This post is part of a series on education and war related to our current exhibition, “Learning to Fight, Fighting to Learn: Education in Times of War,” on display through June 2018. Please stop by to learn more. We will be hosting a panel discussion on February 28, 2018 at 1:00PM featuring Robert Rivers ’53, Bob Durkee ’69, and the Princeton University ROTC’s Lt. Col. Kevin McKiernan to discuss the impact of war on Princeton from the World War II era to the present. This event is free and open to the public.
We’ve also recently added a small case with materials about America’s two wars with Iraq in 1991 and 2003-present in our lobby which will be on display along with the rest of the exhibition through June 2018.
As the Persian Gulf Crisis worsened toward the end of 1990, the opinions expressed on Princeton’s campus revealed stark contrasts between those in favor of war and those opposed to it. Teach Peace, a student-faculty organization formed in late November 1990 to promote dialogue on the Gulf Crisis, organized a variety of protest activities, including peace vigils, public demonstrations, teach-ins, and guest lectures. Many of the professors who lectured at teach-ins had been active in anti-war protests during the Vietnam War. Continue reading
In this week’s installment of our ongoing series bringing you the history of Princeton University and its faculty, students, and alumni, Thurgood Marshall begins a lecture series, faculty and students gather for a teach-in about a pending war, and more.
February 19, 1964—Thurgood Marshall begins a series of lectures on “The Constitutional Rights of the Negro.”
February 20, 1991—As escalating hostilities suggest the United States is on the brink of war with Iraq, members of the Princeton University community gather for a day-long teach-in about the Persian Gulf crisis at the Woodrow Wilson School.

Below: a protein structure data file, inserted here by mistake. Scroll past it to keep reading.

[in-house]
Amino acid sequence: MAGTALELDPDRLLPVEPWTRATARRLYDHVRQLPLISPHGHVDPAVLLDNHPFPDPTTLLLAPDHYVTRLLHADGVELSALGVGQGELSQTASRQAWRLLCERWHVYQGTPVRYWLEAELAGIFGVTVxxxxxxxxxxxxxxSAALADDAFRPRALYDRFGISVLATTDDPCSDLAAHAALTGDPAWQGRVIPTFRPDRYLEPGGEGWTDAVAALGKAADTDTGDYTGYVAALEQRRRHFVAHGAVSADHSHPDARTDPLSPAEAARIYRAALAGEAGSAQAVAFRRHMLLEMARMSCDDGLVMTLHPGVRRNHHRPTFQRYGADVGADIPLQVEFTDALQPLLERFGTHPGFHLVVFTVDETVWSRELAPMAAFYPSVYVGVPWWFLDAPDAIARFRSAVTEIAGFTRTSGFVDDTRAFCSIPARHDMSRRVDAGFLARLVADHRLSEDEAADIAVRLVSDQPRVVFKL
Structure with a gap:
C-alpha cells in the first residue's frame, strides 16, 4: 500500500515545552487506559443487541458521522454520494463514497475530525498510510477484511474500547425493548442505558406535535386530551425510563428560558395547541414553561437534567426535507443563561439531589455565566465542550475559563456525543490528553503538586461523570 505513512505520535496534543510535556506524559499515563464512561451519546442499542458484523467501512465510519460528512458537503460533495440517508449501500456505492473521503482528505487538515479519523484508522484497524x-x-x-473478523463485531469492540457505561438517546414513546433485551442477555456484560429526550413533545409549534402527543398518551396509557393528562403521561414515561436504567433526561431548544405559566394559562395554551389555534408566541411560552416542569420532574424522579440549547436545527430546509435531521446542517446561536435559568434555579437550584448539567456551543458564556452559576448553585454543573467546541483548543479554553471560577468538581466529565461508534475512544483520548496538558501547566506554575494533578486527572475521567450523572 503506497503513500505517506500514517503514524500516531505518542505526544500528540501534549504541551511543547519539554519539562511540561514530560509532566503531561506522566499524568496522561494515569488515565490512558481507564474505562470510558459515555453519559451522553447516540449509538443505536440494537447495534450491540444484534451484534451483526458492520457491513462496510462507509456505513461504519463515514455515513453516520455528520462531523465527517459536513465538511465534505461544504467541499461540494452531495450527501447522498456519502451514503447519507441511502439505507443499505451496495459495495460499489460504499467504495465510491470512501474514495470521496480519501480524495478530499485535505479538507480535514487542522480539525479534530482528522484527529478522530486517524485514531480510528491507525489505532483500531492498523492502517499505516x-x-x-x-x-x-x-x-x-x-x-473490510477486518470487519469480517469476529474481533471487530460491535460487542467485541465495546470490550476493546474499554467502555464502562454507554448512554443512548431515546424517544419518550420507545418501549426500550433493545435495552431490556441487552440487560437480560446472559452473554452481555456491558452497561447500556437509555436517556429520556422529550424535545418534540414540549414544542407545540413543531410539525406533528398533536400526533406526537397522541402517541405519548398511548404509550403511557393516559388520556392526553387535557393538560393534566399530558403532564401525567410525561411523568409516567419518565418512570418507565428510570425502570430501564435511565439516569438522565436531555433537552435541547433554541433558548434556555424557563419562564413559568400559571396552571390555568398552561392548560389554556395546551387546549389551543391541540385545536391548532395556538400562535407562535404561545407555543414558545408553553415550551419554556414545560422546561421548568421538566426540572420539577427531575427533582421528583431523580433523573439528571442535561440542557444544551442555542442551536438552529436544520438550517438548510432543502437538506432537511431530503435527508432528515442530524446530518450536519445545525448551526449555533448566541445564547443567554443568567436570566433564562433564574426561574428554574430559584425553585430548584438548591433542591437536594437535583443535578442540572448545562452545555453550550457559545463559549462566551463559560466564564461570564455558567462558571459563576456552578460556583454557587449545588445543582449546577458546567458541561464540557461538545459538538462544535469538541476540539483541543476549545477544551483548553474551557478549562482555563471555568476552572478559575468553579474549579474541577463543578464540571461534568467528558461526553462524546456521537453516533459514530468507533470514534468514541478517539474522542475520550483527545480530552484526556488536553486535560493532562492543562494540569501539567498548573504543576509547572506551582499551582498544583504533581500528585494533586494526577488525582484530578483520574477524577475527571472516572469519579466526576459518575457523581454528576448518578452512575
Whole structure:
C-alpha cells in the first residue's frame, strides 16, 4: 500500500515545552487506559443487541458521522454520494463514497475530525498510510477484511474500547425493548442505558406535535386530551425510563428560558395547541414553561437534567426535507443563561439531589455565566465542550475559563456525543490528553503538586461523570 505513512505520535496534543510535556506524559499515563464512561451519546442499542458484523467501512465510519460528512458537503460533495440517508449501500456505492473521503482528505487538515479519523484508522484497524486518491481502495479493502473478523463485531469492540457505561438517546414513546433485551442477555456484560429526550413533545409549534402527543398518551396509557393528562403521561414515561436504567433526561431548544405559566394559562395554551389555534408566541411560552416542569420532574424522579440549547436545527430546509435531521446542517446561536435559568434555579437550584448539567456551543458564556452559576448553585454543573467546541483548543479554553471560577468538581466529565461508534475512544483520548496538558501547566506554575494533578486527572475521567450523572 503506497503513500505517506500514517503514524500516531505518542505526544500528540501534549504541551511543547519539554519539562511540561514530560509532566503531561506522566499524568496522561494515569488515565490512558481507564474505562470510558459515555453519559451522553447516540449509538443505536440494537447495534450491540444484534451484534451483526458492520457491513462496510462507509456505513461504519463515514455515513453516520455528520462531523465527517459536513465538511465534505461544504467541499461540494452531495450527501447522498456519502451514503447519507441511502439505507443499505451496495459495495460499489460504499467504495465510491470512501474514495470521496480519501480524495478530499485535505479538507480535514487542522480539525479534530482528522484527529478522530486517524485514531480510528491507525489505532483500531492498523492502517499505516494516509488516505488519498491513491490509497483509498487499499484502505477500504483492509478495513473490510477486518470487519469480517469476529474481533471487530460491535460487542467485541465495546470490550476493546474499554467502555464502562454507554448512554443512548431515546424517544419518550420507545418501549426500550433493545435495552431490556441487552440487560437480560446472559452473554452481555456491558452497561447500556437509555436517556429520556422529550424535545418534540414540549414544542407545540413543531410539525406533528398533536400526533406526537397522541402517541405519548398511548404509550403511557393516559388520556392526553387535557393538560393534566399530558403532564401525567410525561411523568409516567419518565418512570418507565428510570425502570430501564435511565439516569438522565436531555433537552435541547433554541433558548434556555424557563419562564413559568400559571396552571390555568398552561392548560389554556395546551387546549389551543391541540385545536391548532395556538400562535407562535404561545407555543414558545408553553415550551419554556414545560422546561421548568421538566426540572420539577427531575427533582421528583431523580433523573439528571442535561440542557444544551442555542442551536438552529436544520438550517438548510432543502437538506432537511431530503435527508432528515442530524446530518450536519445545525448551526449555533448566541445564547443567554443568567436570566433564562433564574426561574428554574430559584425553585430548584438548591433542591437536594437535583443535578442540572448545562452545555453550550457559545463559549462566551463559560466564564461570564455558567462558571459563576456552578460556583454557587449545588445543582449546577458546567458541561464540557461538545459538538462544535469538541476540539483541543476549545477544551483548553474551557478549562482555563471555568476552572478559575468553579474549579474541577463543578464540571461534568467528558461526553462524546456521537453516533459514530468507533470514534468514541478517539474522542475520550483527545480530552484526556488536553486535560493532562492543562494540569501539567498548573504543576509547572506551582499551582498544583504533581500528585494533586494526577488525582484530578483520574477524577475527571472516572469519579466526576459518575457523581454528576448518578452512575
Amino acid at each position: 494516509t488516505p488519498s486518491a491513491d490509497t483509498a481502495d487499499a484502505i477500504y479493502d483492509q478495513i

Teach Peace organized many events during the Persian Gulf Crisis in 1990 and 1991. This flyer advertises another teach-in held November 29-30, 1990. Historical Subject Files (AC109), Box 204, Folder 12. For more on the impact of war on education at Princeton, please join us for a panel discussion on February 28.
In this week’s installment of our ongoing series bringing you the history of Princeton University and its faculty, students, and alumni, a junior wins a game show, a graduate makes history at MoMA, and more.
March 20, 2003—Three students are arrested and charged with disorderly conduct and obstructing a highway when they sit in the middle of Nassau Street bound to each other with piping to protest the Iraq War. One explains their choice to break the law: “We’ve exhausted all the other means of protest. … Any other tactic seemed inadequate in the light of the horror inherent in the attacks on the Iraqi people.”
March 22, 1951—Richard W. Kazmaier, Jr. ’52 defeats opponents on the television show Blind Date and goes out on the town with Pat Dowd of Brooklyn.
Richard Kazmaier ’52. Photo from 1952 Nassau Herald.
In this week’s installment of our ongoing series bringing you the history of Princeton University and its faculty, students, and alumni, a graduate makes aviation history, a campus group protests the Iraq War, and more.
October 4, 1931—Hugh Herndon, Jr. ’27 and Clyde Pangborn make the world’s first transpacific flight.
Photo from Daily Princetonian.